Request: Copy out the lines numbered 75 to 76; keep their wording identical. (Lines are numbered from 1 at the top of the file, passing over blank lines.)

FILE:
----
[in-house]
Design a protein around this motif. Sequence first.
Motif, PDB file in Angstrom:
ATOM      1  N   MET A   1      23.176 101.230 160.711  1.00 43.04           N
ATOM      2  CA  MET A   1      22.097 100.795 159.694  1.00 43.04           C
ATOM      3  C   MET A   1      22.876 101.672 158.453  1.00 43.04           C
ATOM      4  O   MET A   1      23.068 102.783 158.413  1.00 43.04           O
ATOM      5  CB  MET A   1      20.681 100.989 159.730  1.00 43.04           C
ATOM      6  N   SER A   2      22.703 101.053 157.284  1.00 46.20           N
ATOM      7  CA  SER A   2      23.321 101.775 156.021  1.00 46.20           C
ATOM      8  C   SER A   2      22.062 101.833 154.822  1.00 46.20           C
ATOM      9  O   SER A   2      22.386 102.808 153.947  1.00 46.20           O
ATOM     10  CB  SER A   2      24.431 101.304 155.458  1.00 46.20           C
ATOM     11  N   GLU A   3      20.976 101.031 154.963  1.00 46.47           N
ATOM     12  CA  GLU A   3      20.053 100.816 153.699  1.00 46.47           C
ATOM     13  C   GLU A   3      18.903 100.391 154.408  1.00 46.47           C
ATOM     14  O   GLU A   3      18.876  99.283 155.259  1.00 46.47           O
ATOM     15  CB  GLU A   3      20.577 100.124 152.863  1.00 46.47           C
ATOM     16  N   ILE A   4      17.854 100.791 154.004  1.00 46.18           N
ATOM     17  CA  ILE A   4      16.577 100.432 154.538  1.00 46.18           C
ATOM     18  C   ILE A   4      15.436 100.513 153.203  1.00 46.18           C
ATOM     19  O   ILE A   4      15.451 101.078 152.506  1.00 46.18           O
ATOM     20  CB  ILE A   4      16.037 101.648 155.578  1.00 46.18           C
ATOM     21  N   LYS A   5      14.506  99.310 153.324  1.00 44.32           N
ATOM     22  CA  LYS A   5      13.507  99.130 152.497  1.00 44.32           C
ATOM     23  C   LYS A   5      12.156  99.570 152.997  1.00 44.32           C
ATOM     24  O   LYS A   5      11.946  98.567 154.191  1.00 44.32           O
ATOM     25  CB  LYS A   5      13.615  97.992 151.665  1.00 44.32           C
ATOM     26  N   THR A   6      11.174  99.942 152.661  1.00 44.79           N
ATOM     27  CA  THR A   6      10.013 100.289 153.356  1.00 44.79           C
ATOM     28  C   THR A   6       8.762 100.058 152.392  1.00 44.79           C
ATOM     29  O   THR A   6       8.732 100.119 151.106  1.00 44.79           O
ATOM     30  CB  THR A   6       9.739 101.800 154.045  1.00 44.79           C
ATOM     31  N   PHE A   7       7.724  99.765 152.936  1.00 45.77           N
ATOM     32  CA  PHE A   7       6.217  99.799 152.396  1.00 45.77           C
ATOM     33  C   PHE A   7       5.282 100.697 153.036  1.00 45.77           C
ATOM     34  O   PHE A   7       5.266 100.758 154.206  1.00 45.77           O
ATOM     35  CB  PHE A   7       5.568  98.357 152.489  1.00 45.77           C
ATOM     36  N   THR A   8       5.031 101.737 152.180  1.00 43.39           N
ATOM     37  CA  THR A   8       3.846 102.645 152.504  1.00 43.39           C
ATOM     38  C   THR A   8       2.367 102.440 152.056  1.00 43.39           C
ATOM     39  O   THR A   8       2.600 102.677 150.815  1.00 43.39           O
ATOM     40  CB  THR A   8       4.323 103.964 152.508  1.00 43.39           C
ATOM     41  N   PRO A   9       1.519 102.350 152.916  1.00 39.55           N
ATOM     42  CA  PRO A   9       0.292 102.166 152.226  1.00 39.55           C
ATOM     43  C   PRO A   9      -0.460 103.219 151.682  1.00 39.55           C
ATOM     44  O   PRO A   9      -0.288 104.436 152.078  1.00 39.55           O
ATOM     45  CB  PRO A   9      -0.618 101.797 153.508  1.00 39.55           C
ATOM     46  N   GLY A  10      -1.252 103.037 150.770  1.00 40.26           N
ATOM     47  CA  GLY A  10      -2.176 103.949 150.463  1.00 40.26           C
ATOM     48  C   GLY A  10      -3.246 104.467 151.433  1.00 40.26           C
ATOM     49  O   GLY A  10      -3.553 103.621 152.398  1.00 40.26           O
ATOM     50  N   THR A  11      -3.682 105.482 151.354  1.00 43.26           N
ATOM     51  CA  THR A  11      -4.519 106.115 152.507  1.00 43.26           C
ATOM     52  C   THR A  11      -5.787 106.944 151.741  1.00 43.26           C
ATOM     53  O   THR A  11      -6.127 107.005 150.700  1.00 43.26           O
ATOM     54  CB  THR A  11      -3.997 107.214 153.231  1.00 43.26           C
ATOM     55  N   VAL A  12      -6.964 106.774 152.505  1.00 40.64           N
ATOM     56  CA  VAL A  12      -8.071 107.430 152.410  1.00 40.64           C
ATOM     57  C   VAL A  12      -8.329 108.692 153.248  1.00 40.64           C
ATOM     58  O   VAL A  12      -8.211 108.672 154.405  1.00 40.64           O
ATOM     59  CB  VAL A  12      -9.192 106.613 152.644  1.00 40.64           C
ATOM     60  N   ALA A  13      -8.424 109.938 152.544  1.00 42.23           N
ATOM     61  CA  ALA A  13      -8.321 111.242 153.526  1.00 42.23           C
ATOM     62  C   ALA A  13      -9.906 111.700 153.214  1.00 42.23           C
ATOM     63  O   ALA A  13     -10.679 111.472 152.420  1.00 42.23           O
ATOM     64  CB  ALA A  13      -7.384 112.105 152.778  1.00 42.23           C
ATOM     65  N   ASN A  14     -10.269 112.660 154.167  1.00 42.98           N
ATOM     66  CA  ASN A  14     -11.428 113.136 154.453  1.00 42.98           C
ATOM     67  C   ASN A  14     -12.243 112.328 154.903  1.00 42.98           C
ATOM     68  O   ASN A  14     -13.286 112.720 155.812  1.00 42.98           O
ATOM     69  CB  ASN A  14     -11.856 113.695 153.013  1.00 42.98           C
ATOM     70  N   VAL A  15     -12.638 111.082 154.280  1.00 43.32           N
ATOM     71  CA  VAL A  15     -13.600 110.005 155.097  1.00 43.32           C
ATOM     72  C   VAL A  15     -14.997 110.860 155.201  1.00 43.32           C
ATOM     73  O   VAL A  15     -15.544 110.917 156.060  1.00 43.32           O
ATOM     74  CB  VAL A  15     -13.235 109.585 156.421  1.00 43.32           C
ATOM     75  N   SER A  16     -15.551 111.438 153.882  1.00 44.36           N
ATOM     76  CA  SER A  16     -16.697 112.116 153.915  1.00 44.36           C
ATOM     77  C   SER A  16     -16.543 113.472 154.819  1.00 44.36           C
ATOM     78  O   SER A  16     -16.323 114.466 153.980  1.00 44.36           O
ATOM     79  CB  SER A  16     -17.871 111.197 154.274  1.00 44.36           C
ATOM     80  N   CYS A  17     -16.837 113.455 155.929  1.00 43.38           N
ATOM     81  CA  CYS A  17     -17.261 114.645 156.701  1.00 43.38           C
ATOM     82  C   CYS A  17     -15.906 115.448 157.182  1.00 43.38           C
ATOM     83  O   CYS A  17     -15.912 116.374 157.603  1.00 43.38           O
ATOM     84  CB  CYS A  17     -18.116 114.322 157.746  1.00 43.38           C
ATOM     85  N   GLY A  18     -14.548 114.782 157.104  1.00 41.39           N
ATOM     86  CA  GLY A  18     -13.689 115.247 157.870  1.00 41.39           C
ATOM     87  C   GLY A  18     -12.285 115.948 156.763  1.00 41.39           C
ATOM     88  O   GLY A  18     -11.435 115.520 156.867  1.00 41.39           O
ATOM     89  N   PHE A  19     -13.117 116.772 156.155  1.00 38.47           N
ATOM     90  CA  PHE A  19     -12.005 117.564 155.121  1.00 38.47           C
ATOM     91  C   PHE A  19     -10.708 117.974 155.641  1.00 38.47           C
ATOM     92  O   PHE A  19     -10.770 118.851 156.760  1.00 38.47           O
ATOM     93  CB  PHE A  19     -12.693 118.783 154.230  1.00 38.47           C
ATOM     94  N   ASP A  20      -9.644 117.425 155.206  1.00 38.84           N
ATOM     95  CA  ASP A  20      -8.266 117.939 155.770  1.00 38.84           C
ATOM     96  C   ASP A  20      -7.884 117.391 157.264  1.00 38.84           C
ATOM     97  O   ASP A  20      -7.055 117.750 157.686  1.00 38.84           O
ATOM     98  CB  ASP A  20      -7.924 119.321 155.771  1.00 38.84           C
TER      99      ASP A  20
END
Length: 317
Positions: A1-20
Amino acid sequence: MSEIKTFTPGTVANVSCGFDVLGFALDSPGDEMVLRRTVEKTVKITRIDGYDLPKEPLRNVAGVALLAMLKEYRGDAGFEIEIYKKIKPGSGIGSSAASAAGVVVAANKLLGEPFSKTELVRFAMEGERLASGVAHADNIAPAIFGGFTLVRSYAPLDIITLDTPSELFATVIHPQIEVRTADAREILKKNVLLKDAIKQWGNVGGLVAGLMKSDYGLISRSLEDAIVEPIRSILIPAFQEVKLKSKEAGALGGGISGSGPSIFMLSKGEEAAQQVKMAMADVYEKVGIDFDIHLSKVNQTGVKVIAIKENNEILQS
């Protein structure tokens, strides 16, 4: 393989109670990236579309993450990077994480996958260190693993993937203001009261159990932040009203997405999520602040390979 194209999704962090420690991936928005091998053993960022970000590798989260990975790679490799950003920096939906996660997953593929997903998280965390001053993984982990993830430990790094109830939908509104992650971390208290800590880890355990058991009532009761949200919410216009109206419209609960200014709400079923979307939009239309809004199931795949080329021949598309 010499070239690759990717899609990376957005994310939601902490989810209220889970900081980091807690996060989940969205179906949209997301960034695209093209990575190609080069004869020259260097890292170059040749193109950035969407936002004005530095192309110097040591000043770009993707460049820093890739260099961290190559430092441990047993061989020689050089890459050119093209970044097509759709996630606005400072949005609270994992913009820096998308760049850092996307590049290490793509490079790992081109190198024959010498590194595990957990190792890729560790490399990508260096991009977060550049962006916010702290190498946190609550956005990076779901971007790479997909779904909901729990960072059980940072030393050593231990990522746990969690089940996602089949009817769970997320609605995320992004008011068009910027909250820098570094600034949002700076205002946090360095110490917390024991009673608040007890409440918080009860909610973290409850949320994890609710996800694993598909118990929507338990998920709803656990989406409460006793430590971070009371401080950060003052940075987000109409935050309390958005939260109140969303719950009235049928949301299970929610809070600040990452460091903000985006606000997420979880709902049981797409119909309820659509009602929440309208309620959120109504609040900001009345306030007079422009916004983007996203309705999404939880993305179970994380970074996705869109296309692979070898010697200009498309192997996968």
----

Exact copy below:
ATOM     72  C   VAL A  15     -14.997 110.860 155.201  1.00 43.32           C
ATOM     73  O   VAL A  15     -15.544 110.917 156.060  1.00 43.32           O